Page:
Admittedly there are cases where it is highly desirable that an object or situation carries a singular name. Example: we use a variety of devices which measure time, and we have have invented a string of labels for these,e.g.water-clocks, spring-clocks, atomic-clocks etc. There are also designations which focus on other characteristics: pocket watches, grandfather clocks, kitchen clocks, etc. It is perfectly reasonable to ask whether a particular kitchen clock is electrically operated, a wind-up device (spring driven), a pendulum device etc. Everyone involved has agreed from the outset that it is reasonable to ask such questions — and also other questions — without necessarily knowing why each question is being raised. We say “Such questions may be pertinent but are also appropriate under some circumstances”. These questions are a way of averting the alternative — horrible thought — that a description must contain and include from the outset the kernels of all questions that could arise about the object/event!

In general, scientists prefer to label all “known” objects and phenomena and they do so under the impression that the name will continue to be “proprietary”, limited to that object or class of objects. Historically, this is not what happens. Names of objects have a tendency to migrate, grow in the realm of application before these wander into adjacent territory and finally prove of limited use to their “sponsors”. There are exceptions — but these are few. I doubt whether the name of a chemical compound would get co-opted as the name of generic product — but it could happen.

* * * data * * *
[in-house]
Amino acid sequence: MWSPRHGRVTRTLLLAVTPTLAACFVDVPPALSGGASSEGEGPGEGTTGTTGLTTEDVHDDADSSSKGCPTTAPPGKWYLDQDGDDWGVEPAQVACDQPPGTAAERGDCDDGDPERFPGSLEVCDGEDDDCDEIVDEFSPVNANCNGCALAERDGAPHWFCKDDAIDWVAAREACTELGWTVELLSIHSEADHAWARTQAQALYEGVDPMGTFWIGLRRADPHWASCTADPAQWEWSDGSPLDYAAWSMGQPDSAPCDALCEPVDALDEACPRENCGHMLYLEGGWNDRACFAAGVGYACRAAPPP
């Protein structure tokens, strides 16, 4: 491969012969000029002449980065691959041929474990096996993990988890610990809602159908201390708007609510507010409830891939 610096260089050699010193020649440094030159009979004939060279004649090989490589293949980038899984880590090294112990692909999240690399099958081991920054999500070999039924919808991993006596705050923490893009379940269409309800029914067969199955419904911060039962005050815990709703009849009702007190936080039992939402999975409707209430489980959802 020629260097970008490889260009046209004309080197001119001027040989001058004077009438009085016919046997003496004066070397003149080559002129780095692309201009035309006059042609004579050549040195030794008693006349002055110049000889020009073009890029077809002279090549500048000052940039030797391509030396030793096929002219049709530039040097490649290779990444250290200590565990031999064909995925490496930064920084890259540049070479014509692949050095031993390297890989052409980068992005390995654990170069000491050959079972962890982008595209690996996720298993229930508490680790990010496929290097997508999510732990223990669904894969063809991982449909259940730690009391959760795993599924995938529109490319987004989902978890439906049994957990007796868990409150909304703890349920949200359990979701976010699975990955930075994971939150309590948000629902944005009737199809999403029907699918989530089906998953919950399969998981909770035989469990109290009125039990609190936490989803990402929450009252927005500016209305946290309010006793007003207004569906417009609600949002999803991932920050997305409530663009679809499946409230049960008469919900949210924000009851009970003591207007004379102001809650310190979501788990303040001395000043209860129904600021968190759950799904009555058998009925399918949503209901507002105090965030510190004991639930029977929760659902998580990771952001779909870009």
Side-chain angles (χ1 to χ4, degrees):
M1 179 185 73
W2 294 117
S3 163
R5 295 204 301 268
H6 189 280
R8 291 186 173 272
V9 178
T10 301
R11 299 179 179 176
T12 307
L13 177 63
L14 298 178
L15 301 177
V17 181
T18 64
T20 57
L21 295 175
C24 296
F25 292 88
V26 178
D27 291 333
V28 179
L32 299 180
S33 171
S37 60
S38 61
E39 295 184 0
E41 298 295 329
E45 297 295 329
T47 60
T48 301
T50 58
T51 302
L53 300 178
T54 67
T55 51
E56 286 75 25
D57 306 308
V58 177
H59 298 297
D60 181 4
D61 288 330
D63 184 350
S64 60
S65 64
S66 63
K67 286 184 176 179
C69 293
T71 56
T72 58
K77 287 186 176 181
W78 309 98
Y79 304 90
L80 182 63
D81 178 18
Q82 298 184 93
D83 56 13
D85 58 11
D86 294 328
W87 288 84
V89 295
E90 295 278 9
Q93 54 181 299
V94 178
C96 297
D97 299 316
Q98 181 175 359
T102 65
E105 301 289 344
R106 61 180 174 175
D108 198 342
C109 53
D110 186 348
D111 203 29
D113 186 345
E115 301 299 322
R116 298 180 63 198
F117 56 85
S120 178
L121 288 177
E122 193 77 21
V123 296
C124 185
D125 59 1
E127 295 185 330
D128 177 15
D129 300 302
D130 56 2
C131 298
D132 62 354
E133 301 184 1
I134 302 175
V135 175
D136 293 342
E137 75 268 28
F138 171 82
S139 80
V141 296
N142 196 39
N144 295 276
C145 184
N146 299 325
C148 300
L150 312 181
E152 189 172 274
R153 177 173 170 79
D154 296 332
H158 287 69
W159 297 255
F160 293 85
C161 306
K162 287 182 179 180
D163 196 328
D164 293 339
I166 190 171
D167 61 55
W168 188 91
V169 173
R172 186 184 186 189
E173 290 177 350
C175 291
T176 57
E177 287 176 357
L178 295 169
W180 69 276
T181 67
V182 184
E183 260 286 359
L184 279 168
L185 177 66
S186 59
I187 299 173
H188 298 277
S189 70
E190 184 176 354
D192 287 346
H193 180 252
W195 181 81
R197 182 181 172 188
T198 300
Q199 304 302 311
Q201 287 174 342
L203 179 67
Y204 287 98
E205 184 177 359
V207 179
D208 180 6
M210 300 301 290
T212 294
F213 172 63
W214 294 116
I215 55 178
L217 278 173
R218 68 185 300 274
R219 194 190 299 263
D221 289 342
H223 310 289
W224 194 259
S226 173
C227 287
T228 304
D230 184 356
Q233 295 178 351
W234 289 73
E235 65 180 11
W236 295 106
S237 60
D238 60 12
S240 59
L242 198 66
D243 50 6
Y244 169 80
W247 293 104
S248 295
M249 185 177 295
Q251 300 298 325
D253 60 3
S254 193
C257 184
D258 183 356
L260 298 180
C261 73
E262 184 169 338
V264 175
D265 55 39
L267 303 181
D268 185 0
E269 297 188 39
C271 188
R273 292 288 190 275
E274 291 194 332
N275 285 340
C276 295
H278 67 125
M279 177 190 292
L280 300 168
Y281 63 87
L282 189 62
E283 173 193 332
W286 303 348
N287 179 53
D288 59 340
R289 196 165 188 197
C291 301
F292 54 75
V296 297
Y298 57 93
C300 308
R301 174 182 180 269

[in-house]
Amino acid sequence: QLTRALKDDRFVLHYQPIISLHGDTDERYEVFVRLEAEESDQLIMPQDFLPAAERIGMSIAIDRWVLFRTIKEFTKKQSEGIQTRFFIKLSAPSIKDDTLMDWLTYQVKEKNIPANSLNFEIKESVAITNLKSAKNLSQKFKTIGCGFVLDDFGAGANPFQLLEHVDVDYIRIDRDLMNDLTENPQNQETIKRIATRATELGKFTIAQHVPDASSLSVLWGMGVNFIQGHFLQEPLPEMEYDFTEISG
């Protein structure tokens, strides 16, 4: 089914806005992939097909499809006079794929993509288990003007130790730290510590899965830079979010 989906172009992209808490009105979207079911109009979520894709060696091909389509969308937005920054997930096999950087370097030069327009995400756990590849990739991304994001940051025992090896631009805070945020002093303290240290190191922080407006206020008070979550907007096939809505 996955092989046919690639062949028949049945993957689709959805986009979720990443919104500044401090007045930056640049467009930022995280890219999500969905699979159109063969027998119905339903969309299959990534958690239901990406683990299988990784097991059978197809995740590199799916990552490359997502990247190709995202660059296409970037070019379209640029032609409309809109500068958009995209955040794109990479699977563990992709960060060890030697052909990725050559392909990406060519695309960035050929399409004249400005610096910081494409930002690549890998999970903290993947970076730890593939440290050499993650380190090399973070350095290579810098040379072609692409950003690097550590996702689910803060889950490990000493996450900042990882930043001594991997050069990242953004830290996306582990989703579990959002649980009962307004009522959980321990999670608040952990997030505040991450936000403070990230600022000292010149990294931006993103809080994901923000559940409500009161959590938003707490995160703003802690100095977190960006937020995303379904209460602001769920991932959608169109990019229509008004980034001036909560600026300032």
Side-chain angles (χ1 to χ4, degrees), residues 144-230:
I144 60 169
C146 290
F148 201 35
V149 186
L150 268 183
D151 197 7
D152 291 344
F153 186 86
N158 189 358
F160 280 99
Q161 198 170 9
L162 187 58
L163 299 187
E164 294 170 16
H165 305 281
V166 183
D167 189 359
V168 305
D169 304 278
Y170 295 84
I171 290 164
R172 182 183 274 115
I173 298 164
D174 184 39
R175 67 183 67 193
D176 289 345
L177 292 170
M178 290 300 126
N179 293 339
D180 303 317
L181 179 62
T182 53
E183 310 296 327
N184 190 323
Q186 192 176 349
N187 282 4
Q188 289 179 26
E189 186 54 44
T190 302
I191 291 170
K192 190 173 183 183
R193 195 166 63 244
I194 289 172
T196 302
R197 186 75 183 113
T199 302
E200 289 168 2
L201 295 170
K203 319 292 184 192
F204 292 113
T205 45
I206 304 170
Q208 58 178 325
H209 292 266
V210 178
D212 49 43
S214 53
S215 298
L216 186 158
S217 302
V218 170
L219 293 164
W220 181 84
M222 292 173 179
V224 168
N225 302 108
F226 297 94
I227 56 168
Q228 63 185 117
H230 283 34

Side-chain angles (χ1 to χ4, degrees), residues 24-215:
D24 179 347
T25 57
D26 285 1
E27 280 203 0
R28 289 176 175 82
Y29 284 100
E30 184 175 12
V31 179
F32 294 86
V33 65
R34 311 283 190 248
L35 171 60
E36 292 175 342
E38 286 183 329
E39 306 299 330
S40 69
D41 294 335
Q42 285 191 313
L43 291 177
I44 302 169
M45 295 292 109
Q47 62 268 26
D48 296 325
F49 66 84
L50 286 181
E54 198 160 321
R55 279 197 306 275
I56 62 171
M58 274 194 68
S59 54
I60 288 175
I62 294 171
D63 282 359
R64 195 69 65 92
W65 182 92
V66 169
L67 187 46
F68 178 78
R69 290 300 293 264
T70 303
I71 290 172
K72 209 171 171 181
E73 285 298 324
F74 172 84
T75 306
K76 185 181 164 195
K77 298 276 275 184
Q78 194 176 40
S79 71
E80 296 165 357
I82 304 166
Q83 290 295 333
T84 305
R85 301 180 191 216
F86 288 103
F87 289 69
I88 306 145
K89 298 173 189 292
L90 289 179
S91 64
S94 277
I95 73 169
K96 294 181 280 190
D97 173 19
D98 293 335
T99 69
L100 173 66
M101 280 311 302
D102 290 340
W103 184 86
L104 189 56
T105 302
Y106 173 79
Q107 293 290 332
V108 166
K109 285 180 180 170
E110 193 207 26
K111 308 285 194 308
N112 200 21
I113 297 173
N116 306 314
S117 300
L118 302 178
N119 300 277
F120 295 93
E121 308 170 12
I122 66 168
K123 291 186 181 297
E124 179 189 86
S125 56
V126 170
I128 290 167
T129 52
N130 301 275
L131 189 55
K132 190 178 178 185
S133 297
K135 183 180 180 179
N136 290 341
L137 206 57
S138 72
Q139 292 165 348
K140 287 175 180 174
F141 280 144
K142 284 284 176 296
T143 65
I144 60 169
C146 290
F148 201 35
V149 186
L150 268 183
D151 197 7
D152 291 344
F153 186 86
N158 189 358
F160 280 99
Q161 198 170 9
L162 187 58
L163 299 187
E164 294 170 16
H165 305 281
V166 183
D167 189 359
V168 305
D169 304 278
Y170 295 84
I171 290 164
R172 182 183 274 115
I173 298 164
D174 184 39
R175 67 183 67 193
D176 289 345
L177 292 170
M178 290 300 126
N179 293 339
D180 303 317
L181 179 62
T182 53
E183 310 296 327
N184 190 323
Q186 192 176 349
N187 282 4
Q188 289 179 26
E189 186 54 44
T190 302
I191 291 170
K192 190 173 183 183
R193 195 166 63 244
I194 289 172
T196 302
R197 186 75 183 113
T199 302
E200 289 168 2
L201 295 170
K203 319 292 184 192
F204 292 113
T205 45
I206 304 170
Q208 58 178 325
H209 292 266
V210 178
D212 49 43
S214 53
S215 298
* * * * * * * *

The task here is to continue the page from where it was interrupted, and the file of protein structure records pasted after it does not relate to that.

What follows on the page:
Associative Nets

I am most grateful to Brian Kennedy for his detailed and insightful reply to my earlier blog Are there infallible facts. I’ve already followed up with the response Empirical vs. Ex Cathedra Solutions. Here is a second follow-up, selecting other points made by Brian, which certainly have taken the discussion beyond the limits of my earlier piece.

Brian pointed out that I had “exposed… that the noun *claims* is (often) subjected to more weight than it can bear”, but he also rightly pointed out that this is quite common in everyday language. He also makes the valuable point that ordinarily words reach over to connected with others, as when the term *claim* is associated with claimants, liabilities, and assets (especially in a legal context), although it is quite acceptable and common to use each of these terms without making explicit reference to any of these. Elsewhere — and more recently — I referred to this as cases where words are part of an associative-net.

brain-netWe can, for example, ask others to “free associate” by giving a starter-word only and asking someone to come up with as many words as possible for the next few minutes. In many cases the string of words each person presents during such serial association have significant overlaps. Wittgenstein talked about this phenomenon as terms having a “family resemblance”. It underscores that words or phrases should NOT be viewed in the manner suggested earlier, as independent items — a view proposed, for example, by an earlier Wittgenstein (c.1921, the author of the Tractatus) and also by members of the Vienna Circle (later knows as Logical Positivists), but that words reaches out to others, as it were (see Wittgenstein post-1940).